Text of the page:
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Intel to drive Ultrabook prices to $650-700, unveil ‘convertibles’

Chip giant Intel, fighting to keep a booming tablet market from damaging its sales, expects its new thin and light platform Ultrabooks to touch the $650-700 price-point by the end of the year, according to analysts familiar with the company’s plans.

According to them, Intel expects Ultrabooks, which are currently priced at around $1,000 and command an estimated 5% of the notebook market, to account for a solid 40% of the consumer notebook market by the year-end. It also plans to launch ‘convertible’ Ultrabooks when it unveils its new line-up of chips in the coming days, analysts said.

Prices have been the topic of heated discussion whenever the prospects of Ultrabooks, which weigh about half as much as a conventional laptop, are debated.

While ordinary notebooks are available for as little as $400 (Rs 20,000), the high price tag on the Ultrabooks have largely constrained their appeal. Intel sees the ‘sexy’ Ultrabooks as absolutely vital to beating back the invasion of the tablets, such as Apple’s iPad.

In discussions with analysts, Intel seemed to feel that the reason behind the high Ultrabook prices has more to do with the PC component prices, rather than those of the chips that it manufacturers.

To put its money where its mouth is, the chip giant is committing nearly $300 million to drive down the cost of components such as displays, the main body, chicklet keyboards, hybrid drives and speakers and fans, according to analysts.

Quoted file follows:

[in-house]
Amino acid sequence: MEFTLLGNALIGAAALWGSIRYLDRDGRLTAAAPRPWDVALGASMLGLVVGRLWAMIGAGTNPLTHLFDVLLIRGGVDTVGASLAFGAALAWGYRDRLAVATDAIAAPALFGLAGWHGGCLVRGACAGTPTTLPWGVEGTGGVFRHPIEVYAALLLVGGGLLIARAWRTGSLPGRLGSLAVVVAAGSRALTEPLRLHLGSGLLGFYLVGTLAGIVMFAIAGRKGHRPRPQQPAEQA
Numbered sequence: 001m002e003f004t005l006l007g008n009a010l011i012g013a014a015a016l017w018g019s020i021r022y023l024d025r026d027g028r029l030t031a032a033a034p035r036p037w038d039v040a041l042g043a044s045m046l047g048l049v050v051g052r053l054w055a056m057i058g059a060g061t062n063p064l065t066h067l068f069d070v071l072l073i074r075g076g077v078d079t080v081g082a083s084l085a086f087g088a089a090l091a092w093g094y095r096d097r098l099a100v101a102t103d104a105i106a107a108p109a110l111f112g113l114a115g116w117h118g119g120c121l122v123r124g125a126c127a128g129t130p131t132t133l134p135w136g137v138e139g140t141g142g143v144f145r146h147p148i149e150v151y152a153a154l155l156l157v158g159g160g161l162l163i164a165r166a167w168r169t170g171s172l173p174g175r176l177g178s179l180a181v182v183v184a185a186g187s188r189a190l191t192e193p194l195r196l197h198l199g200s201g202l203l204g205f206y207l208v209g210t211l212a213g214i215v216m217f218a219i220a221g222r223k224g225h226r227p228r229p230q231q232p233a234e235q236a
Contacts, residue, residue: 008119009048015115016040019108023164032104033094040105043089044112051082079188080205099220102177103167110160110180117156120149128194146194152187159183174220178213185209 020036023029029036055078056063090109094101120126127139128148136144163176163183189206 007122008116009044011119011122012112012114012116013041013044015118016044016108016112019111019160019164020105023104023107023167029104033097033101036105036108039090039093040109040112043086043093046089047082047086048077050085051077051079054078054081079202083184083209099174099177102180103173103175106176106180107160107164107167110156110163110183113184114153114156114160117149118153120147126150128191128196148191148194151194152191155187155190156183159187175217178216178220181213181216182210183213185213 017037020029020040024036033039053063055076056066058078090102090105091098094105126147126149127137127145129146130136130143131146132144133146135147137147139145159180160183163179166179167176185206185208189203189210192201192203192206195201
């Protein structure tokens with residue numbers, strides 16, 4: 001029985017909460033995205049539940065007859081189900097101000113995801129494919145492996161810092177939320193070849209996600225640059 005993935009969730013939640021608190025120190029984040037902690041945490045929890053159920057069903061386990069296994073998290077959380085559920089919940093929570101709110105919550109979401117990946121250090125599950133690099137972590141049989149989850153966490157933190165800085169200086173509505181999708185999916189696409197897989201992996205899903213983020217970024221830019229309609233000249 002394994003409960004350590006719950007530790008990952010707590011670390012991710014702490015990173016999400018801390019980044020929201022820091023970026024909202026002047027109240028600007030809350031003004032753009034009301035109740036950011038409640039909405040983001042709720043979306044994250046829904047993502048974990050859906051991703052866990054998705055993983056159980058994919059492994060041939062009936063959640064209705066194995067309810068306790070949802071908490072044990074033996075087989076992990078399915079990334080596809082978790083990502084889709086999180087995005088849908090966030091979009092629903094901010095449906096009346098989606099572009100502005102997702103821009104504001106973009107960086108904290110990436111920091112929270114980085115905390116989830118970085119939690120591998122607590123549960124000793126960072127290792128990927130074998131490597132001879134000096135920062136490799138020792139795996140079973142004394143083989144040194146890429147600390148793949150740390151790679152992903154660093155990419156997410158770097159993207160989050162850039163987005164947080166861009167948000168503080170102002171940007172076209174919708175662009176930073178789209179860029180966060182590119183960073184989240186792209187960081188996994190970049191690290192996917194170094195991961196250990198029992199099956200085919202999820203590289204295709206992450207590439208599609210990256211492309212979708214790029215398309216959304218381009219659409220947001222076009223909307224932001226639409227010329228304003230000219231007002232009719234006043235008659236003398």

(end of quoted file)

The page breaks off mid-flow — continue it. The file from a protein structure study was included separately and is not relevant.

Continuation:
The Ultrabooks are so important for Intel that it seems to have pushed back the launch of its 2012 series of chips by a few weeks, just to get the models (and others) up and ready at launch.

It is due to launch the Ivy Bridge series of chips, which will shrink its transistor size from 32 nanometer to 22, in the coming weeks, possibly in May.

Intel has already got commitments from PC-makers to build 65 Ultrabooks models based on the upcoming Ivy Bridge chips. PC brands such as Samsung and Dell have launched a few tens of Ultrabook models based on the existing Sandy Bridge architecture.

The new Ivy Bridge chips will upgrade the Ultrabooks to their ‘second generation’, with improvements in both power, graphics capabilities and battery life. Yet another upgrade will happen in early 2013, when Intel unveils its Haswell platform that will overhaul the design of its chips. The Haswell will take Ultrabook battery life to up to 30 days of connected standby, according to company estimates.

Many of the 65 models of the second generation Ultrabooks will be part of Intel’s Ivy Bridge launch event, analysts said. There will even be 5 or 6 models that “convertible” — and can be used both like a tablet as well as a notebook.

Meanwhile, Intel’s main competitor AMD will also unveil its much-awaited Fusion Trinity APU series at about the same time. The Trinity chips are also expected to have models meant for very thin and light laptops.

Some manufacturers such as Samsung have already used AMD Fusion chips to launch laptops that weigh around 2 kg only, but the chips have so far been found wanting in power.

The trinity launch is expected to rectify the shortcoming.

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